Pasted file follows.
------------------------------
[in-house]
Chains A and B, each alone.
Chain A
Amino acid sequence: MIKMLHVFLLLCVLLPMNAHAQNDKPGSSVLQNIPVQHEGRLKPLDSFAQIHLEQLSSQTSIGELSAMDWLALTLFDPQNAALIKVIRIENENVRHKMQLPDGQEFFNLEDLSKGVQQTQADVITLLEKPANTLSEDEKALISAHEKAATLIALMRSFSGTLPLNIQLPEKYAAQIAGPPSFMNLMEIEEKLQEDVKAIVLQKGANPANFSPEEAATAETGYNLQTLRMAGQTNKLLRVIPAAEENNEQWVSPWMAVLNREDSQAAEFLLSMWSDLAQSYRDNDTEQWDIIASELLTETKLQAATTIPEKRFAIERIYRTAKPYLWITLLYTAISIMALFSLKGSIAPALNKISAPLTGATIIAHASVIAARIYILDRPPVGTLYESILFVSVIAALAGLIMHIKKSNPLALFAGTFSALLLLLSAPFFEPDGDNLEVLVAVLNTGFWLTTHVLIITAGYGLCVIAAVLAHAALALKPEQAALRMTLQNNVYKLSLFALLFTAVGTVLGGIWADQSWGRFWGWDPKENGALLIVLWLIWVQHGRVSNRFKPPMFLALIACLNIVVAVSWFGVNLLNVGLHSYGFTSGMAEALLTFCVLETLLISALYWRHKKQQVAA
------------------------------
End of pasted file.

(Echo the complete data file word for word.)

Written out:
[in-house]
Chains A and B, each alone.
Chain A
Amino acid sequence: MIKMLHVFLLLCVLLPMNAHAQNDKPGSSVLQNIPVQHEGRLKPLDSFAQIHLEQLSSQTSIGELSAMDWLALTLFDPQNAALIKVIRIENENVRHKMQLPDGQEFFNLEDLSKGVQQTQADVITLLEKPANTLSEDEKALISAHEKAATLIALMRSFSGTLPLNIQLPEKYAAQIAGPPSFMNLMEIEEKLQEDVKAIVLQKGANPANFSPEEAATAETGYNLQTLRMAGQTNKLLRVIPAAEENNEQWVSPWMAVLNREDSQAAEFLLSMWSDLAQSYRDNDTEQWDIIASELLTETKLQAATTIPEKRFAIERIYRTAKPYLWITLLYTAISIMALFSLKGSIAPALNKISAPLTGATIIAHASVIAARIYILDRPPVGTLYESILFVSVIAALAGLIMHIKKSNPLALFAGTFSALLLLLSAPFFEPDGDNLEVLVAVLNTGFWLTTHVLIITAGYGLCVIAAVLAHAALALKPEQAALRMTLQNNVYKLSLFALLFTAVGTVLGGIWADQSWGRFWGWDPKENGALLIVLWLIWVQHGRVSNRFKPPMFLALIACLNIVVAVSWFGVNLLNVGLHSYGFTSGMAEALLTFCVLETLLISALYWRHKKQQVAA